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Senators Coons, Enzi Introduce R&D Tax Credit for Startup Companies


Location: Washington DC

U.S. Senators Chris Coons (D-Del.) and Mike Enzi (R-Wyo.) introduced legislation on Tuesday that would give innovative startup companies an opportunity to take advantage of the successful Research and Development Tax Credit, which incentivizes American companies to invest in innovation. Cosponsored by Senators Chuck Schumer (D-N.Y.) and Marco Rubio (R-Fla.), the Startup Innovation Credit Act of 2012 allows qualifying companies to claim the R&D Tax Credit against their employment taxes instead of their income taxes. Rep. Jim Gerlach (R-PA-6) will introduce companion legislation in the House of Representatives later this week.

"The Research and Development Tax Credit has helped tens of thousands of successful American companies create jobs by incentivizing investment in innovation, but startups can't take advantage," Senator Coons said. "Firms younger than five years old have been responsible for the overwhelming majority of our new jobs in recent years, and they are driving our nation's economic recovery by taking risks to turn their ideas into marketable products. Let's help build the next generation of American manufacturing by investing in American innovators with the Startup Innovation Credit Act."

"Research and development is at the heart of startup businesses with big aspirations," Senator Enzi said. "By allowing our job creators to keep more of their hard-earned cash through the startup R&D tax credit, they can focus on creating the good-paying, high value jobs our economy needs."

Senators Enzi and Schumer are members of the Senate Finance Committee, and Rep. Gerlach is a member of the House Ways and Means Committee, which have jurisdiction over tax policy in Congress.

Research and development is the cornerstone of any competitive company, institution, or country, and while the Research & Development Tax Credit has proven essential to American innovators, it does not currently help startups. According to the Government Accountability Office, more than half of the credit claimed by companies each year goes to firms with $1 billion or more in receipts.

To qualify for the Startup Innovation Credit, a company must be less than five years old and have less than $5 million in gross receipts. Since many young companies invest heavily in research and development in their first few years and don't have income tax liability, they are unable to claim a federal income tax credit, like the R&D Tax Credit. With the Startup Innovation Credit, a startup company that lacks the income tax liability necessary to claim the R&D Tax Credit can instead claim the credit in the following year by reducing its employer-side payroll taxes by an equivalent amount up to $250,000.

"Over the last two years, I've talked with dozens of business leaders and experts in tax policy to refine the Startup Innovation Credit and ensure it is as smart as the innovators we're trying to help," Senator Coons said. "The bipartisan bill we're introducing today can make a real difference in the next generation of American manufacturing."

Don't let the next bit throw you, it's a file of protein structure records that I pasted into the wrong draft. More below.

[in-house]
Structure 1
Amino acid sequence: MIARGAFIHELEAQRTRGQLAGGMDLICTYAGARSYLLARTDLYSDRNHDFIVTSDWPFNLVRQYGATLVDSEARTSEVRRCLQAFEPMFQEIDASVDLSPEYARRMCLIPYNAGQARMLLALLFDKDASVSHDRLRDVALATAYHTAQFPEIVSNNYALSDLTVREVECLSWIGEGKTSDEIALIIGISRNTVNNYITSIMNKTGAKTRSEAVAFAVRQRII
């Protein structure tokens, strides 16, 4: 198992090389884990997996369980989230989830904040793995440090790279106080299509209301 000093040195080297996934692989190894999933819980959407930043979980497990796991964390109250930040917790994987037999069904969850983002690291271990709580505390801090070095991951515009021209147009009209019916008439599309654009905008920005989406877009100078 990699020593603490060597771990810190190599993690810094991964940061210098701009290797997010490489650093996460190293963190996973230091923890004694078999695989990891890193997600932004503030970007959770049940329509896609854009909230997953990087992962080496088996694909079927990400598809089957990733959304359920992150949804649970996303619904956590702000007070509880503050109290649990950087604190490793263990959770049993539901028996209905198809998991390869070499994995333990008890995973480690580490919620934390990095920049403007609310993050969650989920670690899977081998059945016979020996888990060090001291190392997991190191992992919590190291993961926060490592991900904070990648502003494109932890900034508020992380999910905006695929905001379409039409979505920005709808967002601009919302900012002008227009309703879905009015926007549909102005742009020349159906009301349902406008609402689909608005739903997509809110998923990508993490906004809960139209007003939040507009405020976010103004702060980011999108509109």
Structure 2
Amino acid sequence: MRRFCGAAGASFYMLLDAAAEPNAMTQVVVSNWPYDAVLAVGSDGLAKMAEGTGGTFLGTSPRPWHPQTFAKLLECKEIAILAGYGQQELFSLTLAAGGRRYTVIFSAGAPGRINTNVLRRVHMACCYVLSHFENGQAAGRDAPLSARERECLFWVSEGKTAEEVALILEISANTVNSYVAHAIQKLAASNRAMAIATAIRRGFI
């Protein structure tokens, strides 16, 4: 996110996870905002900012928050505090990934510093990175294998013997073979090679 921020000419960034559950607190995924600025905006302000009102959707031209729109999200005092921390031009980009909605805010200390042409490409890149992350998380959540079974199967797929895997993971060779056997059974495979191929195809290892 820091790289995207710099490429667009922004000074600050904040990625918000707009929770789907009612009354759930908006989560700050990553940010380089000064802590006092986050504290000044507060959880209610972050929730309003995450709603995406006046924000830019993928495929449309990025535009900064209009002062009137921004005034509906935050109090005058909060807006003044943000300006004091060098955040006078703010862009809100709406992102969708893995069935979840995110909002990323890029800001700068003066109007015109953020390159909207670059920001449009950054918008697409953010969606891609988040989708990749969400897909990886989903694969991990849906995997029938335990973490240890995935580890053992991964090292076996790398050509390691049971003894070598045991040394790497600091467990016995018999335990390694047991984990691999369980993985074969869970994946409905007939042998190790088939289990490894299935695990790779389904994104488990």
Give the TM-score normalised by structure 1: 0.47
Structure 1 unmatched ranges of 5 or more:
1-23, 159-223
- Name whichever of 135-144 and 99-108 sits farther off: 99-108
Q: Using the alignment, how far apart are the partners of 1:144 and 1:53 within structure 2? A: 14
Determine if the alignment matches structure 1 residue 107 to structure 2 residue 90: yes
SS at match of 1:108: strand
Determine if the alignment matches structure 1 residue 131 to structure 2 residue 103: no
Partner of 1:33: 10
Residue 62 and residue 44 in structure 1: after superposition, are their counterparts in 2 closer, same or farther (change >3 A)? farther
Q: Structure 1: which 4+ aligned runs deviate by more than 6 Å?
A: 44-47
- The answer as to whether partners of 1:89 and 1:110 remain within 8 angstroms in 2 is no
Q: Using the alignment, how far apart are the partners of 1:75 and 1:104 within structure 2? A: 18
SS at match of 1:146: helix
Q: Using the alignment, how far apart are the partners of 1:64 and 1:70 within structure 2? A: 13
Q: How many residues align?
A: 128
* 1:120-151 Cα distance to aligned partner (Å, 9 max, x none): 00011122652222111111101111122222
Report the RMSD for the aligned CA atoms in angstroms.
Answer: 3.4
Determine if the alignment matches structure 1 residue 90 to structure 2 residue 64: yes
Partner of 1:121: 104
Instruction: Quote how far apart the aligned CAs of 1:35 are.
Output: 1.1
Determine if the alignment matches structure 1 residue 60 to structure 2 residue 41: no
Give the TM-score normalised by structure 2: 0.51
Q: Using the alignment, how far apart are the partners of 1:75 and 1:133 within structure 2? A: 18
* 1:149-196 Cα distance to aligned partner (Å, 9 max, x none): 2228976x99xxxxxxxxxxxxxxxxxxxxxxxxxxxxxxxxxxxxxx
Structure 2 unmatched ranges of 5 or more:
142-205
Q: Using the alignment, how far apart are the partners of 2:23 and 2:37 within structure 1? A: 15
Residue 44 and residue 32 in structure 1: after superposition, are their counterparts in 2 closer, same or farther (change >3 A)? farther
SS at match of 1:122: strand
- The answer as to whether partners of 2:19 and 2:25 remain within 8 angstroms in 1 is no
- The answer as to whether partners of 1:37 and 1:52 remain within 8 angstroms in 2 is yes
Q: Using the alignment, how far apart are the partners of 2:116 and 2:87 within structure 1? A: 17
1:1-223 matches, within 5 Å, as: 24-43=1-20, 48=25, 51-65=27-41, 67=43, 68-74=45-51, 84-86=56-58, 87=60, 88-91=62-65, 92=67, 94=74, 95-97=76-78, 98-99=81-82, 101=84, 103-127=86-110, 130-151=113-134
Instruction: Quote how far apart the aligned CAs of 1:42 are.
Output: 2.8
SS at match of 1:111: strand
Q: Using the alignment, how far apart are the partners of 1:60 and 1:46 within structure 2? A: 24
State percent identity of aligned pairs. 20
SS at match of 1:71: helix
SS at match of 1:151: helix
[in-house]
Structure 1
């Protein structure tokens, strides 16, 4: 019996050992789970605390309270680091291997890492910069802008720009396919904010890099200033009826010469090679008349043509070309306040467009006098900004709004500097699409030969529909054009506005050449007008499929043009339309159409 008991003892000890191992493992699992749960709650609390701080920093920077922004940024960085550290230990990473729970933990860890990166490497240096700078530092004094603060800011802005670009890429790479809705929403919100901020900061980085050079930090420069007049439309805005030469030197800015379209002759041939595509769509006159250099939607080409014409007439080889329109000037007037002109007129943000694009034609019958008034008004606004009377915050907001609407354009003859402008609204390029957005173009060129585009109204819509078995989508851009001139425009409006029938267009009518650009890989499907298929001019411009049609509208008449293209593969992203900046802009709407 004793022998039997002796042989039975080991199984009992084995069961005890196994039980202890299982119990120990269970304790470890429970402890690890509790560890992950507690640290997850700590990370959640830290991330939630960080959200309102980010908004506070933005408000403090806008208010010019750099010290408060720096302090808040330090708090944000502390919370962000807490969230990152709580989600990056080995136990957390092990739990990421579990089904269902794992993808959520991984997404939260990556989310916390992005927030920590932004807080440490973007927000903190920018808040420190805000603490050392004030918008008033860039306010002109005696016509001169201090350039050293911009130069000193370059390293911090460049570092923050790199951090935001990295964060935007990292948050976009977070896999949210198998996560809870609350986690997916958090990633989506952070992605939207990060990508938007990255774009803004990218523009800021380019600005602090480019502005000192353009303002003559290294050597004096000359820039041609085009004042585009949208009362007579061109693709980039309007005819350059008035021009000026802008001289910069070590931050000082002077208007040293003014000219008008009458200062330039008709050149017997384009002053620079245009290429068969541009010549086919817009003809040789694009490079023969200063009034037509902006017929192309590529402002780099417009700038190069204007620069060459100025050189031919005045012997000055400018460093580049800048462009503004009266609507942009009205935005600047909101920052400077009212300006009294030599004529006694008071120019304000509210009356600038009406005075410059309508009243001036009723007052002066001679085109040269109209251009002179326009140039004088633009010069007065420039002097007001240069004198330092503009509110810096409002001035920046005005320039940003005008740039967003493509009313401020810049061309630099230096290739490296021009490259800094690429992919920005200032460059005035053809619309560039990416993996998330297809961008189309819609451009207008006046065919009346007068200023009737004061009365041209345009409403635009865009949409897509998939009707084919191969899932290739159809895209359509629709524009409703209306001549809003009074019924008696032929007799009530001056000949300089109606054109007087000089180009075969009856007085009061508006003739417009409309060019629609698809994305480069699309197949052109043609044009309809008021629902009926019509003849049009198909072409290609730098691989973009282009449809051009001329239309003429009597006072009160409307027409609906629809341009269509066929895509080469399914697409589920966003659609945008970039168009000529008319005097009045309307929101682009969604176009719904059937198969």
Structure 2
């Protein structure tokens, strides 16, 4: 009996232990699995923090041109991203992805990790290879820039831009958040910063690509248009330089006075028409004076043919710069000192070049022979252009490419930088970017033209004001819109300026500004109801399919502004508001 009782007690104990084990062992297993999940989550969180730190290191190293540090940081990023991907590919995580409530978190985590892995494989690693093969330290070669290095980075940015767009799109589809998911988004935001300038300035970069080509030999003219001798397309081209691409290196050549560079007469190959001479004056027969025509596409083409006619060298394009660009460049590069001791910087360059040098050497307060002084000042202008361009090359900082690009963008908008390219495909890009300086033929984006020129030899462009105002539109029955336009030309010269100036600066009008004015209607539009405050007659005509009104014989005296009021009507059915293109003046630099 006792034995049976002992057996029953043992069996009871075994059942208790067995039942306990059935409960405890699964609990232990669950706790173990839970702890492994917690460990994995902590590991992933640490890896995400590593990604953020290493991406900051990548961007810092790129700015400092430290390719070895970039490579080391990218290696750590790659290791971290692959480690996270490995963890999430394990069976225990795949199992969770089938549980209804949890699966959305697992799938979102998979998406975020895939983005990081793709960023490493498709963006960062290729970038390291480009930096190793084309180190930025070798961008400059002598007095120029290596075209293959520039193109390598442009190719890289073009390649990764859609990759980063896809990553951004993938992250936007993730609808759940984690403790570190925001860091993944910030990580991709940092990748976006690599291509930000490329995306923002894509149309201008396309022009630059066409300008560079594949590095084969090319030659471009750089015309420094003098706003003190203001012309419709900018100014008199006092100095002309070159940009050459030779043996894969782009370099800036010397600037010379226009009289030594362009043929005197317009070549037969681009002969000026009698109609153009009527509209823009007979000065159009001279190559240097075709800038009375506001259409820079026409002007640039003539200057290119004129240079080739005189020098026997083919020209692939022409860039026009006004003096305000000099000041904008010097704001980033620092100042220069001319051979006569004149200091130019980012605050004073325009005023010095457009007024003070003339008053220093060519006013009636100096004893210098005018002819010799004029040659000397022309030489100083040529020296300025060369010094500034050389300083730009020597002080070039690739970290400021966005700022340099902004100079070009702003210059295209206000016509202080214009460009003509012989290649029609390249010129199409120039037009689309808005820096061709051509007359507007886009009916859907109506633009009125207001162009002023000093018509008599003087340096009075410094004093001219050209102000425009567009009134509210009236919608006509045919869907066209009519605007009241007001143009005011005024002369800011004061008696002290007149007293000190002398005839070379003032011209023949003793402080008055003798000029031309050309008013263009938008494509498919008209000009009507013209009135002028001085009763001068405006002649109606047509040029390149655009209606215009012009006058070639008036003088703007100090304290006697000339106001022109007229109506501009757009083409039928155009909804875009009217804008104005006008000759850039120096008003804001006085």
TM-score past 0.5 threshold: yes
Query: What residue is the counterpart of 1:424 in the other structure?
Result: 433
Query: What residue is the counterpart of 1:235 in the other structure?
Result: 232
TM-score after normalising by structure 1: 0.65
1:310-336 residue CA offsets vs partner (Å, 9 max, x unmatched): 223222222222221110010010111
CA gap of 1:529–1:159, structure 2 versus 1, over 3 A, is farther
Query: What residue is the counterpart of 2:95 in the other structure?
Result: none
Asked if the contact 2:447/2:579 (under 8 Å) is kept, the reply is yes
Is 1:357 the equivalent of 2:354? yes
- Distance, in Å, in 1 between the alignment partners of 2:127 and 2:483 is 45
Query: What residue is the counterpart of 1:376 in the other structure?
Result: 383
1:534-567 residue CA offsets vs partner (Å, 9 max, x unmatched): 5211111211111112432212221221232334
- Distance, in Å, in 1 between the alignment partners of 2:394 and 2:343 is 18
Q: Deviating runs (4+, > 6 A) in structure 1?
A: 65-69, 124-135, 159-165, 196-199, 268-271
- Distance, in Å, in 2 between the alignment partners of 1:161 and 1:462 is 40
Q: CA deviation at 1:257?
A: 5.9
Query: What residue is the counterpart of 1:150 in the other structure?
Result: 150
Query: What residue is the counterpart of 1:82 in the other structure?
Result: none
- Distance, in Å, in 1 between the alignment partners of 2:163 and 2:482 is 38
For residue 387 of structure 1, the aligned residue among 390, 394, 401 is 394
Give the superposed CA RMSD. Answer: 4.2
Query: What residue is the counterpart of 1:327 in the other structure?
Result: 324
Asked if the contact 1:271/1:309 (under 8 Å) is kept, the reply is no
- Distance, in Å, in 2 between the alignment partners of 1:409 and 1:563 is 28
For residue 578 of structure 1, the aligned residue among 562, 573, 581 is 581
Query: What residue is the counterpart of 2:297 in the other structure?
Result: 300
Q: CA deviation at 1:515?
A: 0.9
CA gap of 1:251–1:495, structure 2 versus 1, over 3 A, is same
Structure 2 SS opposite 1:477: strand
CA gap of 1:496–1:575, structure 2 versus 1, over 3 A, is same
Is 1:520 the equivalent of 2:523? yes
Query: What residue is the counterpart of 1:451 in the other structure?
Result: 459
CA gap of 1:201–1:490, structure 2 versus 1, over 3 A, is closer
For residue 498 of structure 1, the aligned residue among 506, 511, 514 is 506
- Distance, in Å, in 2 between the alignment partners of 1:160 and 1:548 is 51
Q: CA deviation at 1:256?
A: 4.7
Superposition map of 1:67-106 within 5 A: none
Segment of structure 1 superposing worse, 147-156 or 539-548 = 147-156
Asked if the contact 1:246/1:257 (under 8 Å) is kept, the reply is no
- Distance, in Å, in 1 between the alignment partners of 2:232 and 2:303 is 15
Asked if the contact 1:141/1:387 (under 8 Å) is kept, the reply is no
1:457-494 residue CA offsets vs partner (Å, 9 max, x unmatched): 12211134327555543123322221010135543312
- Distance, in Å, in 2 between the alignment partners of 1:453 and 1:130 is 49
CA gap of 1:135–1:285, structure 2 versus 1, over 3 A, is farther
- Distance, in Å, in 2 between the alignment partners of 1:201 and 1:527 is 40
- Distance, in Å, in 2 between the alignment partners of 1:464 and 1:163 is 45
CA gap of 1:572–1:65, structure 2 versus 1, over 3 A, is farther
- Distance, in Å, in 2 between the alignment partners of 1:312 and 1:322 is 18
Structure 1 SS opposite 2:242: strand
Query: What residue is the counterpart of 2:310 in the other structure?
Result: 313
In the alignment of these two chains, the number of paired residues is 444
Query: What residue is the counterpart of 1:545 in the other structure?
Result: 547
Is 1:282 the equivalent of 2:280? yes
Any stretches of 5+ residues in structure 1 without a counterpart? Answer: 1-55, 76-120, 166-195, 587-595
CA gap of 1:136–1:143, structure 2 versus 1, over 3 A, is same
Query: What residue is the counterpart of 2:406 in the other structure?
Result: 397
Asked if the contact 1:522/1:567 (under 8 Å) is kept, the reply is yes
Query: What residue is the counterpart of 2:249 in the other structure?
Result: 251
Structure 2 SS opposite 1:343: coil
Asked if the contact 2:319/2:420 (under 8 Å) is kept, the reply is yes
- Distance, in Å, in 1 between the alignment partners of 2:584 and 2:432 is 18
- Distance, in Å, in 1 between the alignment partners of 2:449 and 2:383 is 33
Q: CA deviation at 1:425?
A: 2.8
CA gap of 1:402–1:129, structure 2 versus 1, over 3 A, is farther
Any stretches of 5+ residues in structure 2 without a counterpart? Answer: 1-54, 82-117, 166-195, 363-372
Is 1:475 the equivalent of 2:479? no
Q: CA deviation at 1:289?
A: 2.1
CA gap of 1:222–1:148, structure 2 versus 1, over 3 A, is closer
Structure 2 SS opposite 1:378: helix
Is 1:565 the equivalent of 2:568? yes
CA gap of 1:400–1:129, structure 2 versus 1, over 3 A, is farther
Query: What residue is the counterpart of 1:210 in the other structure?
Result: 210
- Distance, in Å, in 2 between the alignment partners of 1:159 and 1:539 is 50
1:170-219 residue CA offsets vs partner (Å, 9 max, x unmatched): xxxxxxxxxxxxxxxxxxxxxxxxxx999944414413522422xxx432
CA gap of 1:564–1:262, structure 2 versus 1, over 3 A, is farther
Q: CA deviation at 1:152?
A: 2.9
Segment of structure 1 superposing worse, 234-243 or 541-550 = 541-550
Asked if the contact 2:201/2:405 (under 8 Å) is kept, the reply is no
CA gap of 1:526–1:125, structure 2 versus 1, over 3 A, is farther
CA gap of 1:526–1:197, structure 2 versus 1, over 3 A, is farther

"R&D is the principal way industry creates knowledge that can be commercialized into economically valuable products and services, and the R&D tax credit is a key way the federal government supports private-sector R&D activities," Dr. Robert Atkinson, president and founder of the Information Technology and Innovation Foundation said. "The Startup Innovation Credit addresses a key weakness of the current tax credit. During their initial years of existence, small start-up companies trying to innovate and bring new ideas to market don't yet have tax liabilities. As a result, small, emerging firms don't have access to the R&D tax credit at a time when it would benefit most, potentially being the difference between success and failure. The Startup Innovation Credit is a practical change to spur more U.S.-based innovation and job growth in key industries like clean energy and information technology."

"Research and development are essential ingredients for making American companies competitive in the global marketplace," Rich Heffron, interim president of the Delaware State Chamber of Commerce said. "The Startup Innovation Credit is an imaginative plan for providing entrepreneurs the means to create jobs while their company is still in its infancy. The companies that will make use of this program will be among those leading our country's economic resurgence. The members of the Delaware State Chamber of Commerce urge Congress to quickly move this legislation to the President's desk."

"The Startup Innovation Credit will create jobs and speed up innovation, helping early-stage companies like many of those that belong to Delaware Bio," Bob Dayton, president of Delaware Bio said. "Startups that are investing in innovation have enormous potential to grow and create jobs, and the Startup Innovation Credit is a creative way to help nurture that potential when it will have the greatest impact."

"DeNovix, Inc. is a Delaware-based small company developing instrumentation for bio-research," Kevin Kelley, business director of DeNovix said. "Our team includes molecular biologists and engineering professionals. The proposed legislation would allow our company to offset some of the costs of bringing new, innovative, technology-based products to market. We support the efforts of the senators who are drafting the bill."

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